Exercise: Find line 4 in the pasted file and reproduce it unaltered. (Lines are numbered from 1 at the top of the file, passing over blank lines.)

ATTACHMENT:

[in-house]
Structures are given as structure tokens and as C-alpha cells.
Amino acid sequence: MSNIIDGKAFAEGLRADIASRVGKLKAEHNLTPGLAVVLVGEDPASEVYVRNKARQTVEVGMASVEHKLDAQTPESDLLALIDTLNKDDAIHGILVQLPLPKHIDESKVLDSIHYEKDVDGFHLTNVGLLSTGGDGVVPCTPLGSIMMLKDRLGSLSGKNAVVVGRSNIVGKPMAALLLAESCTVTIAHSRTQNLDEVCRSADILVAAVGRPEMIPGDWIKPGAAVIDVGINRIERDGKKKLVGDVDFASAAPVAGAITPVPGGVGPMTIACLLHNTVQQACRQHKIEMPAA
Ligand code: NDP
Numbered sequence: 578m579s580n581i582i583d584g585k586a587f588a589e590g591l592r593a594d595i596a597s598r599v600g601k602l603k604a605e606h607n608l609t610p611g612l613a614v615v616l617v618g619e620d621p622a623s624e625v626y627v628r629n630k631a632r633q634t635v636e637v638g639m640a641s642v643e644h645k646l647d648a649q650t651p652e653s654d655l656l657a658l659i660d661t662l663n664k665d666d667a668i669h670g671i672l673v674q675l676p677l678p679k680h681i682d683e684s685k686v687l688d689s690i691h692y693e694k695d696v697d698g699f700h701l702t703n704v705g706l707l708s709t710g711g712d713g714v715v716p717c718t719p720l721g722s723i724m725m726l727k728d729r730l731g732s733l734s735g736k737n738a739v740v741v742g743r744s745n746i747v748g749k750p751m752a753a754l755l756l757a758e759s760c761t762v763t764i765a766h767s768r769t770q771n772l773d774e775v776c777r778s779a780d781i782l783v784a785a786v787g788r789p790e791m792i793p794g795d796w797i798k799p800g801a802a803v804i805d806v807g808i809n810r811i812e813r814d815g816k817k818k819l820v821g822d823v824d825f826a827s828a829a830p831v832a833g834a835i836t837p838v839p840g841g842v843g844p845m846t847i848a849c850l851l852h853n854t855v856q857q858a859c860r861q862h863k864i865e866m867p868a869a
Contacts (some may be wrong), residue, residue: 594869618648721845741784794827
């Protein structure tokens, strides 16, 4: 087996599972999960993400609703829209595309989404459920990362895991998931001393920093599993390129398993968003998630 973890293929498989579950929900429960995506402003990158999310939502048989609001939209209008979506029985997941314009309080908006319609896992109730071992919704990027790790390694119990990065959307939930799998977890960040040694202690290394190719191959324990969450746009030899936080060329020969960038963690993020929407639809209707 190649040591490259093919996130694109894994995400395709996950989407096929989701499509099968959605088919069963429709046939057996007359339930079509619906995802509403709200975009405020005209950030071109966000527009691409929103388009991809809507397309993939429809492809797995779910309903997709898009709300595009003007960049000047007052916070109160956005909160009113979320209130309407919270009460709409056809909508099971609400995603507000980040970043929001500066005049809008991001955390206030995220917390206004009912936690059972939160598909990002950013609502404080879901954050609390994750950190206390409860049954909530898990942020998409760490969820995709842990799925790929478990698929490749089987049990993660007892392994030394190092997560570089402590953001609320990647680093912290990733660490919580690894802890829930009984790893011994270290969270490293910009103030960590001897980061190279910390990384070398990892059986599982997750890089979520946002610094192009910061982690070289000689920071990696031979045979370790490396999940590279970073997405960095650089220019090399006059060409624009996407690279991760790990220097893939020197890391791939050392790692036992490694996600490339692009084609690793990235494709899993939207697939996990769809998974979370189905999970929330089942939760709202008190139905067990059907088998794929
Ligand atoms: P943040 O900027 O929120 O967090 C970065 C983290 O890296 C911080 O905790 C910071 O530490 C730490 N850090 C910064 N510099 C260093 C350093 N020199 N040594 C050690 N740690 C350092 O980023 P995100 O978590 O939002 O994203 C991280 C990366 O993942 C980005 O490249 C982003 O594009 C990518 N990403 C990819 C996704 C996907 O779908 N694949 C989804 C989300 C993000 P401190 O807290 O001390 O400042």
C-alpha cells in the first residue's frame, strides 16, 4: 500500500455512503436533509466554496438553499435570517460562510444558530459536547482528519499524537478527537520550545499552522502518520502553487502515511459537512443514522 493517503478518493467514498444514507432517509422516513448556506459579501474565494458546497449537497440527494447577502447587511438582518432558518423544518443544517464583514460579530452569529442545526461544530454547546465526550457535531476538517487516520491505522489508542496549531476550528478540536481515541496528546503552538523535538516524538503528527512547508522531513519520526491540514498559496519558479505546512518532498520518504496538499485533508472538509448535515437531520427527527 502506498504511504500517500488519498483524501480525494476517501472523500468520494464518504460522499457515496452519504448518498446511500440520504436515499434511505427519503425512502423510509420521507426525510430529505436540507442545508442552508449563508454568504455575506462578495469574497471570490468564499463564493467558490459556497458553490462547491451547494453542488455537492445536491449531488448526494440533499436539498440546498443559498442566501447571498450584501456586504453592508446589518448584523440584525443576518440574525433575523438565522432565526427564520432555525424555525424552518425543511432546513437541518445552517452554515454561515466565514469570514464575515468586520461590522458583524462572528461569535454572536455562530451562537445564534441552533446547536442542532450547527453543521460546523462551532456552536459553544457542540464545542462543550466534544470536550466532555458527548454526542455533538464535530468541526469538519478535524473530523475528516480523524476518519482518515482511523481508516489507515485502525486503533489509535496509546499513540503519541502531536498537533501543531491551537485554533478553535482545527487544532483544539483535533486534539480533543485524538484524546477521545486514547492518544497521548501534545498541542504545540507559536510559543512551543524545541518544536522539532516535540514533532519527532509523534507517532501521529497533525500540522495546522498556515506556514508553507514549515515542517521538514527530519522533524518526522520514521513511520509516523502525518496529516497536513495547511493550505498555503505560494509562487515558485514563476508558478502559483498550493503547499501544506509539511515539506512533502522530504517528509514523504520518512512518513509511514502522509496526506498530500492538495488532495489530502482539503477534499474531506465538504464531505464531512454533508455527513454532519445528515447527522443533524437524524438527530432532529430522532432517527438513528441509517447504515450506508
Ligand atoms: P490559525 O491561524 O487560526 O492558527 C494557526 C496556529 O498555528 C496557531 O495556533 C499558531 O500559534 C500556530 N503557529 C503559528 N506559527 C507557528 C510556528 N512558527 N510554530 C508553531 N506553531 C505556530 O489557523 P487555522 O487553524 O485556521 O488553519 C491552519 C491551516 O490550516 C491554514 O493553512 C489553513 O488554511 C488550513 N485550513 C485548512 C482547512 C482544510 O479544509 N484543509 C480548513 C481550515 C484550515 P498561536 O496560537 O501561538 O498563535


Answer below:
Ligand code: NDP